Saturday, April 2, 2011

The essence of the nuclear many-body problem

I quite like reading obituaries of scientists because one can actually learn some interesting science and sometimes learn something about how great scientists work.
The November 2010 issue of Physics Today has an obituary for Aage Bohr. [My issue just arrived in the snail mail.] He was the fourth son of Niels Bohr and received the Nobel Prize in 1975 for work in nuclear theory. The obituary gives a beautifully succinct summary of the nuclear many-body problem:
 it had been convincingly demonstrated in the late 1940s that a range of atomic nuclei has properties such as binding energies and electric and magnetic moments that reflect independent-particle motion with a long mean free path of the nucleons in their mean field. This discovery came as a shocking surprise and a dilemma since it implied a shell structure for the nucleus with an analogy to the electronic shell structure for the atom. In contrast, the basis for interpreting the growing body of experimental evidence had been the liquid-drop and compound nucleus models, in which the forces between the nucleons lead to a strong coupling of their motion.
In 1950 a need to reconcile the two contrasting pictures was thus imminent. An important clue was provided by the nuclear electric quadrupole moments, which are sometimes more than an order of magnitude larger than can be attributed to a single proton and directly point to a deformation of the nucleus as a whole. The crucial recognition, also realized by Rainwater, was that the degeneracies of the spherical shell structure may in fact lead to an equilibrium with an anisotropic intrinsic single-particle density and mean field, for nuclei with particles in partially filled shells. A deformation in space suggests the possibility of collective rotation. The striking discovery in the Coulomb excitation process of such rotational band structure in the excitation spectrum provided an early foothold for the collective elements of the picture (1953).
The moments of inertia of the nuclear rotational states were found to be markedly smaller than the moments for rigid rotation that we expected for uncorrelated single-particle motion, thereby exhibiting correlations (1955). In work with David Pines (1958), it was suggested that the necessary correlations could be related to an energy gap in the quasiparticle excitation spectrum created by a pair binding, as in the Bardeen-Cooper-Schrieffer theory of electronic superconductivity.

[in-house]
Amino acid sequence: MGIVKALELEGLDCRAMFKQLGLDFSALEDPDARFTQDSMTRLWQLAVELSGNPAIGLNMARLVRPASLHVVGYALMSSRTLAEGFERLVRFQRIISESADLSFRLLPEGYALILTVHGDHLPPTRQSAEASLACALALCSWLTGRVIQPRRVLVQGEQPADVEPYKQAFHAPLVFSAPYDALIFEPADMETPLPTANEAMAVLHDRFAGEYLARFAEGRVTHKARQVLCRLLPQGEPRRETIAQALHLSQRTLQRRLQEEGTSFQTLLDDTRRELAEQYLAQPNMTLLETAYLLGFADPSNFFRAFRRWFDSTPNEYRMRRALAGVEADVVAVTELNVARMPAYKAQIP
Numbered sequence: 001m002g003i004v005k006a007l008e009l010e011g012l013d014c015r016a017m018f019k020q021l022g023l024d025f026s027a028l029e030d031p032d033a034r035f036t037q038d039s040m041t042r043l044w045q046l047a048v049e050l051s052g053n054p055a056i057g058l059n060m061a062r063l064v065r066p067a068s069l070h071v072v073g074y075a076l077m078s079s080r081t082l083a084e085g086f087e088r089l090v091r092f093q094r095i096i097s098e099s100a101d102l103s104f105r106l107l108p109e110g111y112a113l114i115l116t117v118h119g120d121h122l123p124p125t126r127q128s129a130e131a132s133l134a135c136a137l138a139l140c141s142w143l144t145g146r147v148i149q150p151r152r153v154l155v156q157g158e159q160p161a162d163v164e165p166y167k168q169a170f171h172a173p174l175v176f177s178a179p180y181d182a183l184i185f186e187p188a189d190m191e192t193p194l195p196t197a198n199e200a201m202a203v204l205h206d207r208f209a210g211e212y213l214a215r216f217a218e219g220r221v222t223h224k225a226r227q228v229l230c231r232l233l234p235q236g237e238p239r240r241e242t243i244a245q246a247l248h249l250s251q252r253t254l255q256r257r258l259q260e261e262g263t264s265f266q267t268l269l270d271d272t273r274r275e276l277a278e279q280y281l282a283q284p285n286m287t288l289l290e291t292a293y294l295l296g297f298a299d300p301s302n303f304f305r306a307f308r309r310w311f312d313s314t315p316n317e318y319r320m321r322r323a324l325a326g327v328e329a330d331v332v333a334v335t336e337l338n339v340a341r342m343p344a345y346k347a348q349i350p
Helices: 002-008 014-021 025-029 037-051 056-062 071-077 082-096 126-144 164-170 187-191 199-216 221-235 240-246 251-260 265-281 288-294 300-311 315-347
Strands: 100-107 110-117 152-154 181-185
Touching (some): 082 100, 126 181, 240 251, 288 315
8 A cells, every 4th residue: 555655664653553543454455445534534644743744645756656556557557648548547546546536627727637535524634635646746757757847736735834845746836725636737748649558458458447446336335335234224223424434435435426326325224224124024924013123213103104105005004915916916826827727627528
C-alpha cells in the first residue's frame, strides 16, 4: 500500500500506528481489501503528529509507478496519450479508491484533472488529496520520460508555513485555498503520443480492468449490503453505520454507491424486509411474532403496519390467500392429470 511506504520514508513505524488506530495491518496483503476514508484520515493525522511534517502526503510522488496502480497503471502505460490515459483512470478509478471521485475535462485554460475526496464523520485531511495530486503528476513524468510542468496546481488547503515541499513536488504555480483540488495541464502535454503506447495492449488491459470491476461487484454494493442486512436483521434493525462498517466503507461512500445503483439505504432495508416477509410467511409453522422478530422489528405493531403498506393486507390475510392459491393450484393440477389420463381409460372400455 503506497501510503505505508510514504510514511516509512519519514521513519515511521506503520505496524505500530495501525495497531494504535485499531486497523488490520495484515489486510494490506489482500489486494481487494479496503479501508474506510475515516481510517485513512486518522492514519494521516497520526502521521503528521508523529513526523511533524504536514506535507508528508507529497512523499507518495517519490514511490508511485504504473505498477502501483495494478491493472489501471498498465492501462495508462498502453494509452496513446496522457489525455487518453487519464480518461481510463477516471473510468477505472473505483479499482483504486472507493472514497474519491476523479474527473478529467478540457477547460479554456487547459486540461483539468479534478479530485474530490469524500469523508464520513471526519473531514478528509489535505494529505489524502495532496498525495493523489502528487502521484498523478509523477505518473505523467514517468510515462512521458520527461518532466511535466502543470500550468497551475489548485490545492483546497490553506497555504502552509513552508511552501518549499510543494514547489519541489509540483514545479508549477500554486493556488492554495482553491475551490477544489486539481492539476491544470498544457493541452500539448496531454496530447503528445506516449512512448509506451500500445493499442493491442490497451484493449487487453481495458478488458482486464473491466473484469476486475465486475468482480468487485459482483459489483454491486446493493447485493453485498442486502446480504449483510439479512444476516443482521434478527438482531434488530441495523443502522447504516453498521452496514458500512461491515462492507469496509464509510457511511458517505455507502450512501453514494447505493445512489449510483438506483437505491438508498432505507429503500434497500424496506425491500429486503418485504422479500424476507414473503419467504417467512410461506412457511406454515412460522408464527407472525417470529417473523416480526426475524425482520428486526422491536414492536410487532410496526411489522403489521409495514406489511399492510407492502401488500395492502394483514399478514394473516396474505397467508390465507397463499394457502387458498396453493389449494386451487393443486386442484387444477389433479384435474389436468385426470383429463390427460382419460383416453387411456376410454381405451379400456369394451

It gradually emerged that we were, in fact, exploring a quite novel type of many-body quantal system, distinguished at the time by the unique possibility of detailed observations of individual quantal states and their transitions. That exploration became part of a broad development of quantal many-body concepts appropriate to the description of symmetry in a multitude of dimensions (spin-, isospin-, gauge-, orbital-space). The development ultimately revealed the ubiquity of collective features of the nuclear stuff, ranging from oscillation quanta of the fields in the new dimensions to the static deformations and profoundly significant zero-frequency modes of the fields (Goldstone boson). The dilemma of the contrasting pictures that set the development in motion had provided the possibility of a more comprehensive vision—very much in the spirit of Aage’s attitude to conflicts of any kind.
It is also interesting that the last 30 years of his life, Aage Bohr, shifted his focus to questions concerning the foundations of quantum theory; questions his father had focused on.
With regard to eventually following ones father, I see some parallels in myself. Lately I have become increasing interested in questions in molecular biophysics, including the role of water. My late father, a physical biochemist, spent much of his career working on water and proteins.

[Details of the figure are discussed here].

1 comment:

  1. Just wanted to say - I really like reading your blog. It is a very nice mix of scientific insights, practical advice, and sometimes, like here, also personal stories.

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